What to Do When a Fuse Blows

If a fuse blows in your fuse box it can mean anything from one appliance going down to a whole section of the house being left in the dark. It pays to know how to replace one that’s fizzled out so you can get your day or night back on track without having to call out the electrical services company. Here are a few things to remember when your fuse blows:
If the fuse blows and it’s night then you’re in the dark. Know where a torch is, or at least matches and a candle. Even if you know where your electrical box is and feel confident you could do it with your eyes closed; it’s just not a good idea to go feeling around inside electrical boxes without a proper light source.
Have your tools handy. You will need: fuse wire, wire cutters and a screwdriver. These can all be bought cheaply from a hardware store. Fuse wire come in different widths, denoting the amount they can handle before they blow. Be sure you have the right fuse wire. It’s a good idea to keep these things all in the same place so you don’t waste time when looking for them. Many people keep them in the electrical box.
Always turn off appliances that are connected to the affected fuse. Your fuse blew for a reason. Having all of your appliances on can do that. If this was the case when the fuse blew, make sure you go around and switch off and unplug everything that’s connected to the fuse, otherwise it will be immediately loaded with power and may cause the issue to occur again.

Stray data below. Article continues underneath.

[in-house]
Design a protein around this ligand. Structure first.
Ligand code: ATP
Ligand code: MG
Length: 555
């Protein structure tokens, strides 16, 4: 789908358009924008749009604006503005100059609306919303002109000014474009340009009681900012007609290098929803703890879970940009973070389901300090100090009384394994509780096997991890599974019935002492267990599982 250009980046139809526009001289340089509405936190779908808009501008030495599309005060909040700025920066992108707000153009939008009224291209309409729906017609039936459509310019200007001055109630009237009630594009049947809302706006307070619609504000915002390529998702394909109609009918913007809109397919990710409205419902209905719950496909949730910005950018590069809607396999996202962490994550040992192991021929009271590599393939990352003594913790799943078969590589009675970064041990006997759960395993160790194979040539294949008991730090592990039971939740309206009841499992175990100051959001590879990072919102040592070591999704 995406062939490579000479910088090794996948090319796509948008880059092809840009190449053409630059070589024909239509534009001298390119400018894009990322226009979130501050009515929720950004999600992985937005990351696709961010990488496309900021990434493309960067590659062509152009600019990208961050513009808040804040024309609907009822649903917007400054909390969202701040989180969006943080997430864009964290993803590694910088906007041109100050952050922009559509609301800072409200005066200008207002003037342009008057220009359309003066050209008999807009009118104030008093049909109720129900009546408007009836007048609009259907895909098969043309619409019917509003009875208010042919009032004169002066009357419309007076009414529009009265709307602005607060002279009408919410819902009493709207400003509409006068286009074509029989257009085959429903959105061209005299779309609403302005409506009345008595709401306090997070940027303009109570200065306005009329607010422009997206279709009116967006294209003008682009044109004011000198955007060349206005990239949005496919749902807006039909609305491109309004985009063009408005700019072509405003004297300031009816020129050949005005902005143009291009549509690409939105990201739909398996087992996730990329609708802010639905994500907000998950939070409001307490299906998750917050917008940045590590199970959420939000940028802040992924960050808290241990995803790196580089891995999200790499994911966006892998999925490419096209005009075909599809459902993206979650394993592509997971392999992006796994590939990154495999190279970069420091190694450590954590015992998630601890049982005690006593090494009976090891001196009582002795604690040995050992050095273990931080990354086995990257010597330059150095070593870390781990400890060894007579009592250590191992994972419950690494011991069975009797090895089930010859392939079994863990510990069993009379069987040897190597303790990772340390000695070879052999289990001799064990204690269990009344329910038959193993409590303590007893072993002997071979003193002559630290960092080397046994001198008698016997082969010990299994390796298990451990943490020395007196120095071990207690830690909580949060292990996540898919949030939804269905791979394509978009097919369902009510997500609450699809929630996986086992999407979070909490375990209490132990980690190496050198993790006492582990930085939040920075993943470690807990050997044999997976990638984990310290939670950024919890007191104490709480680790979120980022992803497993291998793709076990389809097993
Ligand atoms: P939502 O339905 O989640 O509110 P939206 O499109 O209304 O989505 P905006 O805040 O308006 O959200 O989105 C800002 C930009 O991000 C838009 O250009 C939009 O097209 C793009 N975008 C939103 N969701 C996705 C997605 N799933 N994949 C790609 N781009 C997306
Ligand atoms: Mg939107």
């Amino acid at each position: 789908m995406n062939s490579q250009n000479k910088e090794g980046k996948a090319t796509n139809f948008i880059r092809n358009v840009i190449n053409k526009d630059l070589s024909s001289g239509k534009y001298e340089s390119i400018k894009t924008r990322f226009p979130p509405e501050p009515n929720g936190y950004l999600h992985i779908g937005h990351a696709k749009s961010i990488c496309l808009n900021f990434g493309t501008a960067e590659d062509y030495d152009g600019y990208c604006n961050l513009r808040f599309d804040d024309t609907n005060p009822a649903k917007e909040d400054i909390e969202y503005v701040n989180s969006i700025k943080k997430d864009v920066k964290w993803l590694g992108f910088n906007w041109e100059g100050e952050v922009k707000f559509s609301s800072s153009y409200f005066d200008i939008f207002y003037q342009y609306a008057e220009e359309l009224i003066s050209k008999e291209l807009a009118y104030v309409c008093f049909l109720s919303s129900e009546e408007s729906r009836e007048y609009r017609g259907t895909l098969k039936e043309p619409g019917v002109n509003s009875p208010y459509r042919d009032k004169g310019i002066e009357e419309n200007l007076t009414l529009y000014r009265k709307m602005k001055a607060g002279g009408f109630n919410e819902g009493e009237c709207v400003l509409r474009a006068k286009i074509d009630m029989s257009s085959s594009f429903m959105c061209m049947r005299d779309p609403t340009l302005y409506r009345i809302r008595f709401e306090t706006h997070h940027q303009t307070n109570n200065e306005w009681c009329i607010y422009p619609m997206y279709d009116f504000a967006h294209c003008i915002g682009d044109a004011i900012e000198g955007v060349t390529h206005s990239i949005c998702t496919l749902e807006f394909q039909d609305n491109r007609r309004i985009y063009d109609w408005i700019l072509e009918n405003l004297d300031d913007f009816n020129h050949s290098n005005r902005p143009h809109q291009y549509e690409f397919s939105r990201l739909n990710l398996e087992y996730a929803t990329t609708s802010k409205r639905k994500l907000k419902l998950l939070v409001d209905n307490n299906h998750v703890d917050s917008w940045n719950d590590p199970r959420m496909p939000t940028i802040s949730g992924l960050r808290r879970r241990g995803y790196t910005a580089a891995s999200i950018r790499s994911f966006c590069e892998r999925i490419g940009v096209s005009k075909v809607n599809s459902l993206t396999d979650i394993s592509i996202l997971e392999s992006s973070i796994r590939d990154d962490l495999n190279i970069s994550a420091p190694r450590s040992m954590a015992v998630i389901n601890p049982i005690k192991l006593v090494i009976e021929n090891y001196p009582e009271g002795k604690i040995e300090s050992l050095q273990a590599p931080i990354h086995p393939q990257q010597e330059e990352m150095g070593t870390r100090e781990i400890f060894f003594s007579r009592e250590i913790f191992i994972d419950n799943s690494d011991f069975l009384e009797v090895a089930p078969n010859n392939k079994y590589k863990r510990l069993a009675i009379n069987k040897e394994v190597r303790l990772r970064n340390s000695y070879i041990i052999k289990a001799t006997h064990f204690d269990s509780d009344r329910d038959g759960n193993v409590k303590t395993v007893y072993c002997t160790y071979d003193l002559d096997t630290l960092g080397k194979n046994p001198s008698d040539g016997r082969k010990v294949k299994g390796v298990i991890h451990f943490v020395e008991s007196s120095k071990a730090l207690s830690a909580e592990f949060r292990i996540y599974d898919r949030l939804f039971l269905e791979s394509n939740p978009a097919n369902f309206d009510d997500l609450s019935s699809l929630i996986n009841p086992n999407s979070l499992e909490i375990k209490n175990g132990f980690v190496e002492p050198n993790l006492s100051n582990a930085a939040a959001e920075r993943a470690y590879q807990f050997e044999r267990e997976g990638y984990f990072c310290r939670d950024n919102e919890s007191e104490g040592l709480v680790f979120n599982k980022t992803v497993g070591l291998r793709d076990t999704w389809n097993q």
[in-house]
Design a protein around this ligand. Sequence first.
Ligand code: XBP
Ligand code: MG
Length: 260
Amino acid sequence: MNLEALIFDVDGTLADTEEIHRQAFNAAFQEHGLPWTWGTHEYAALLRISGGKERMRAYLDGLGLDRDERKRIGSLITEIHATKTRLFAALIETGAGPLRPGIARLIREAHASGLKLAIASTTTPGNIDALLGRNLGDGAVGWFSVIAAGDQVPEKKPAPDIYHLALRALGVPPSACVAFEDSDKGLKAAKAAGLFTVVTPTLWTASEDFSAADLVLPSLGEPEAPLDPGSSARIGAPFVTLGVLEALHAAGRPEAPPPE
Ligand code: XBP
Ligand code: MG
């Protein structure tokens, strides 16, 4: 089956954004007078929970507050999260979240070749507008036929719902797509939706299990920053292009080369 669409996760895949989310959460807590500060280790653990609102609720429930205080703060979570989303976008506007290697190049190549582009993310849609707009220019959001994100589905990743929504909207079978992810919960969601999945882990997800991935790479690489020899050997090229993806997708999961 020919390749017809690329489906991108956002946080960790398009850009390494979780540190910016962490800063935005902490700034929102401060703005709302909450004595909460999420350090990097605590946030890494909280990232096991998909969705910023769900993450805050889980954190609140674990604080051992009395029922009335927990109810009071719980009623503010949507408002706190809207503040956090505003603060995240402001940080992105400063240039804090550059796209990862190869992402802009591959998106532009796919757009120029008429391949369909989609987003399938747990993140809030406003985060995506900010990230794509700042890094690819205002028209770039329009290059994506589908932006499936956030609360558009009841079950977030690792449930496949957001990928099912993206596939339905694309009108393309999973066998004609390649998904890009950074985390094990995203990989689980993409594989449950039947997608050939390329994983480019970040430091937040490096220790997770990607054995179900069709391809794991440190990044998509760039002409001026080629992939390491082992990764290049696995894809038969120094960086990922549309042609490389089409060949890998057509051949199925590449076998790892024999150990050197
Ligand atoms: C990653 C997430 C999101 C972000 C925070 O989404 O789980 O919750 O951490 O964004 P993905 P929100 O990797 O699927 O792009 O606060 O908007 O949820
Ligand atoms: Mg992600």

Once you’ve unplugged the appliances, see if they’ll work in another area of the house. If one of these appliances doesn’t work at all, it’s likely that this was the cause of the blown fuse. Don’t plug this appliance back in. See if you can fix it or have it fixed.
Once at the powerboard turn off the master switch. This should be clearly labelled with a large “On/Off”.
You will need to take out each fuse and inspect them to see which one has blown. It should be fairly metal industry news obvious. You will see that the wire is severed and there may be a small black scorch mark.
Replace the fuse wire. Undo the screws that fasten the fuse wire to the fuse and get rid of the burned-out fuse. Cut a new length of wire to size and screw it into place. Once this is done you can push the fuse itself back into the fuse board.
Turn on the master switch. After all this fuss you almost expect a sort of powering-up noise to signal that you’ve done it. No such luck. Go back to your appliances and turn them all back on.
Now go back to whatever it was you were doing before you were so rudely interrupted.
Changing a fuse wire isn’t rocket science, and certainly …

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